Twenty-eight countries have agreed to release 60 million barrels of crude oil to the market to offset disruptions prompted by Libya's war and stave off a possible spike in energy prices, the International Energy Agency announced Thursday.
The Paris-based agency warned that the release was in response to an "imminent threat of shortfall," according to Executive Director Nobuo Tanaka, which could undermine the nascent global economic recovery.
"Today, for the third time in the history of the International Energy Agency, our member countries have decided to release stocks," he said.
The release was a pre-emptive move to prevent a sudden spike in prices like the one in 2008, which helped set off a global increase in food prices as well, Tanaka said.
The 60 million barrels is a mere fraction of the more than 4 billion barrels of reserves held by the IEA. Tanaka said allocation of the oil will be by member consumption, with the United States providing half, Europe 30 percent and members in Pacific Ocean the remaining 20 percent.
The IEA statement said the normal increase in demand over the summer "will exacerbate the shortfall further" and that pledges by oil producers to boost ouput will take a while to have an effect.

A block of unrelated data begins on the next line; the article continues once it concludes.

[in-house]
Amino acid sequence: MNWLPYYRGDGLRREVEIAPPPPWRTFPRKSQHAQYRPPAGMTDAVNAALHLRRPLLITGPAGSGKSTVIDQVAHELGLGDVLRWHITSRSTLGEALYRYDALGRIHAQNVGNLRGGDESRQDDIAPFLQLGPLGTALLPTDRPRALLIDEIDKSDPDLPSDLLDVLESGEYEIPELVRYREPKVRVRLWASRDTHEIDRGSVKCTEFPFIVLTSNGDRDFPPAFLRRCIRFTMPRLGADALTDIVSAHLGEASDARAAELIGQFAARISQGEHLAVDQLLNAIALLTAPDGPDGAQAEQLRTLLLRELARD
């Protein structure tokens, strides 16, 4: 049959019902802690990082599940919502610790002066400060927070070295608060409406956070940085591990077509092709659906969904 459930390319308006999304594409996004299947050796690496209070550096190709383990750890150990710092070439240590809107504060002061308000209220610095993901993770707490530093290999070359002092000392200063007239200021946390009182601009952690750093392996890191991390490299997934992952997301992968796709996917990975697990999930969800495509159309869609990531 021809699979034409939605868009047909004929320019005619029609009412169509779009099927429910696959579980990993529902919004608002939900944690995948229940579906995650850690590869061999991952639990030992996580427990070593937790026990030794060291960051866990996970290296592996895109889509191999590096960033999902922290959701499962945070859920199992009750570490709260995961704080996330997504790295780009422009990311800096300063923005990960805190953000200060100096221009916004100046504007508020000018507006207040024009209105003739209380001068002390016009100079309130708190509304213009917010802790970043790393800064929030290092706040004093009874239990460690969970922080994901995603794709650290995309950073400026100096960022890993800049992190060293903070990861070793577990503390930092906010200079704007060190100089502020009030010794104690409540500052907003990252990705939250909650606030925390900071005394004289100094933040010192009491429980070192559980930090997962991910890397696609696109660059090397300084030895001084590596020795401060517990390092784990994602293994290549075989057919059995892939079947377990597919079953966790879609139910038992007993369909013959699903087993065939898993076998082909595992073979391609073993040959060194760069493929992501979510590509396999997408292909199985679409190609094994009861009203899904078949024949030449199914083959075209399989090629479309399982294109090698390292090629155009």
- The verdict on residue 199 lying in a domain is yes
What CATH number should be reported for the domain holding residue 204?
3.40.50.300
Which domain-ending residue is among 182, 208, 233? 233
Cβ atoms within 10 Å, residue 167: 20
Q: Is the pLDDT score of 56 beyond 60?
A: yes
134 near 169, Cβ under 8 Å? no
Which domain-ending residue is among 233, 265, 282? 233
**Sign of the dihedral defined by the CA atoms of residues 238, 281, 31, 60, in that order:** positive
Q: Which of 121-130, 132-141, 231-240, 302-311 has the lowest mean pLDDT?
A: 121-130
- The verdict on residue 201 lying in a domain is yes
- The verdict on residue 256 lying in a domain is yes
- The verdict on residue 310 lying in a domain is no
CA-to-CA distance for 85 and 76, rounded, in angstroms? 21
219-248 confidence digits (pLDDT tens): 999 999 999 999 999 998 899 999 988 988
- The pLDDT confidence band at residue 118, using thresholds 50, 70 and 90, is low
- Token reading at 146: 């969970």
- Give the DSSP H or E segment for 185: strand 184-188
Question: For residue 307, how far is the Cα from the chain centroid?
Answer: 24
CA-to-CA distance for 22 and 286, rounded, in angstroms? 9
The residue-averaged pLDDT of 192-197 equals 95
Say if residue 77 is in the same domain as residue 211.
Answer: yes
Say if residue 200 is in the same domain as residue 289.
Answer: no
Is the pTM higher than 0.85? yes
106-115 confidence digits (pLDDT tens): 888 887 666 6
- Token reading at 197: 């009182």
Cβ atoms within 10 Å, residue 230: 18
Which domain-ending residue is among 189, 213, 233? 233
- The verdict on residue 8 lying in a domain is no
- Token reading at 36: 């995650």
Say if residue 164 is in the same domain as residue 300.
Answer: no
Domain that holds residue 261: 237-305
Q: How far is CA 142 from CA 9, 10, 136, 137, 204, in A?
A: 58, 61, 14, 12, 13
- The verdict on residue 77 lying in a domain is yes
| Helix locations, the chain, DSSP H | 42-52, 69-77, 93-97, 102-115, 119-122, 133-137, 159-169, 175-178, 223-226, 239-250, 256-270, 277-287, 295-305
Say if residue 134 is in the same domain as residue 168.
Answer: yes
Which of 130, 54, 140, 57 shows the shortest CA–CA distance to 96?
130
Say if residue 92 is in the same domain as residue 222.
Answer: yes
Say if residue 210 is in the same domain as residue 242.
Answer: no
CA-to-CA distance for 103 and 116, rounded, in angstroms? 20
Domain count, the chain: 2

"Our stock is intended to compliment the actions of these key producers, bridging this gap and removing the risk of any short term shortages as demand rises," added Tanaka.
The 28 members of the IEA _ mainly oil-importing countries in Europe _ will make 2 million barrels a day available from their emergency stocks over an initial period of 30 days.
Months of fighting in Libya have removed 132 million barrels of light, sweet crude oil from the market by the end of last month, the agency estimated.
Oil prices tumbled to below $93 a barrel on Thursday due to concerns that U.S. economic growth and crude demand will weaken this year. Strong demand from emerging markets helped crude rise to almost $115 early last month. Demand growth in China, the world's second-largest oil consumer, remains robust but has slipped slightly in recent months.